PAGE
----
Canyon Prince Wild Rye, Elymus condensatus 'Canyon Prince', is a hardy blue-green grass cultivar that if not mowed will grow to about three feet tall and attract the White-lined Sphinx. It requires low moisture and does well in a wide variety of soils with slow to fast drainage. This deer resistant grass is good for butterfly gardens. It goes well with California Encelia, Encelia californica, California Sagebrush, Artemisia californica, Coyotebrush, Baccharis pilularis, Oaks, Quercus sp., Salvia spp., and Eriogonum spp.

The final species of very easy to grow native grasses for lawn lovers, is Thingrass, Agrostis pallens. When it comes to mowing, how low can you go? As low as you want! Okay, maybe the golf course height is a bit too low, but it can be mowed very short, like a standard lawn. When mowed, you get a lawn, but when left to grow and combined with other native species, you have a native meadow that does well in full sun and can even be grown in part to full shade.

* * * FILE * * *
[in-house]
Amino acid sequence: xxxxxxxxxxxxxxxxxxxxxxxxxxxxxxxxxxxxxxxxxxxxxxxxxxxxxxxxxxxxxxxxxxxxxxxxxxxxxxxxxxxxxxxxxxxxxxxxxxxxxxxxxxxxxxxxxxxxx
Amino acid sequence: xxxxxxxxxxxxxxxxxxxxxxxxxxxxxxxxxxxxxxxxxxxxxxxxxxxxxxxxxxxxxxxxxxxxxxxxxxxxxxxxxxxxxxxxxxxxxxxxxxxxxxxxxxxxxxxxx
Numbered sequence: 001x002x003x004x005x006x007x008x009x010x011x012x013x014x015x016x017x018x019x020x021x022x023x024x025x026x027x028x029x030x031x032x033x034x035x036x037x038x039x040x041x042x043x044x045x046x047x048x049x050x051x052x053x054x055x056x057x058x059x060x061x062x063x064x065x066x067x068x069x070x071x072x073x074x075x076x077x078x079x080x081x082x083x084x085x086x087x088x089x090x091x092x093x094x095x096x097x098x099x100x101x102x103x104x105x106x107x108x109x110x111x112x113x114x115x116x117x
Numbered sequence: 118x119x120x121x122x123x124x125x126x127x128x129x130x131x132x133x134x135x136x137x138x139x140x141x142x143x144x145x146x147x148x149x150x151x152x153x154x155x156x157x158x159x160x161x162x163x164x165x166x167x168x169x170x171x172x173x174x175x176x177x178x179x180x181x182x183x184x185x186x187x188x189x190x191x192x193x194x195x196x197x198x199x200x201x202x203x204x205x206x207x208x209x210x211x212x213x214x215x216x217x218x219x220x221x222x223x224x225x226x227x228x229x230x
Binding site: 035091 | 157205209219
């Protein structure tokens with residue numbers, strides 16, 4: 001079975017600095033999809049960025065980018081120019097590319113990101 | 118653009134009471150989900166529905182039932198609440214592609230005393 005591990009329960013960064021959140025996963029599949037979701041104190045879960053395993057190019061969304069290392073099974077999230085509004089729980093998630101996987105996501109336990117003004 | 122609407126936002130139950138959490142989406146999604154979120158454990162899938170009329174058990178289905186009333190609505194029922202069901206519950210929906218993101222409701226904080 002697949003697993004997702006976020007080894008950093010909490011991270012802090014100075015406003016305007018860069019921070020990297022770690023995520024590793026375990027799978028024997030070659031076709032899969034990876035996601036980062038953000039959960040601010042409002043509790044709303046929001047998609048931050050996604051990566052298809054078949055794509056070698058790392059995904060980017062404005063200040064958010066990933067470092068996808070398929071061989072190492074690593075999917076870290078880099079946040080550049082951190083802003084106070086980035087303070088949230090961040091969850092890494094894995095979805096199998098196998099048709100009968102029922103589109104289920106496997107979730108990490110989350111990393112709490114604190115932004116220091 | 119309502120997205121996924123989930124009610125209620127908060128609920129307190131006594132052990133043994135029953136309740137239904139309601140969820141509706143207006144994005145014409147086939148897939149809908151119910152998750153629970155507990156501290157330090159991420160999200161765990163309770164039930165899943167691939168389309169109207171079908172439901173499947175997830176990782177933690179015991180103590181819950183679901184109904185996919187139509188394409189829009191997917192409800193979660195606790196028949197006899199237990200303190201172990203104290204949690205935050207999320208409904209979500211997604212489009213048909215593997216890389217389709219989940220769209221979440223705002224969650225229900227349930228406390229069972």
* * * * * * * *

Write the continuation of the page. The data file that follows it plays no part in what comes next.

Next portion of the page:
Santa Rosa Plateau Ecological Preserve native wildflowers in a meadow. Photo by Susan Lewitt.

This grass tolerates a variety of soil types that drain at a medium rate. In a meadow setting, it might bring you the Common Ringlet, the Sand Skipper, the Common Roadside Skipper and the White-lined Sphinx as visitors. Many other natives will grow with this grass in a meadow-like setting or rock garden, including native annuals and perennials. Many of the native trees and large shrubs will appreciate this grass as a companion.

Santa Rosa Plateau Ecological Preserve native wildflowers in a meadow. Photo by Susan Lewitt.

For more information on how to create a native meadow and what some of them look like, go to “Creating a Native California Meadow” By David Amme (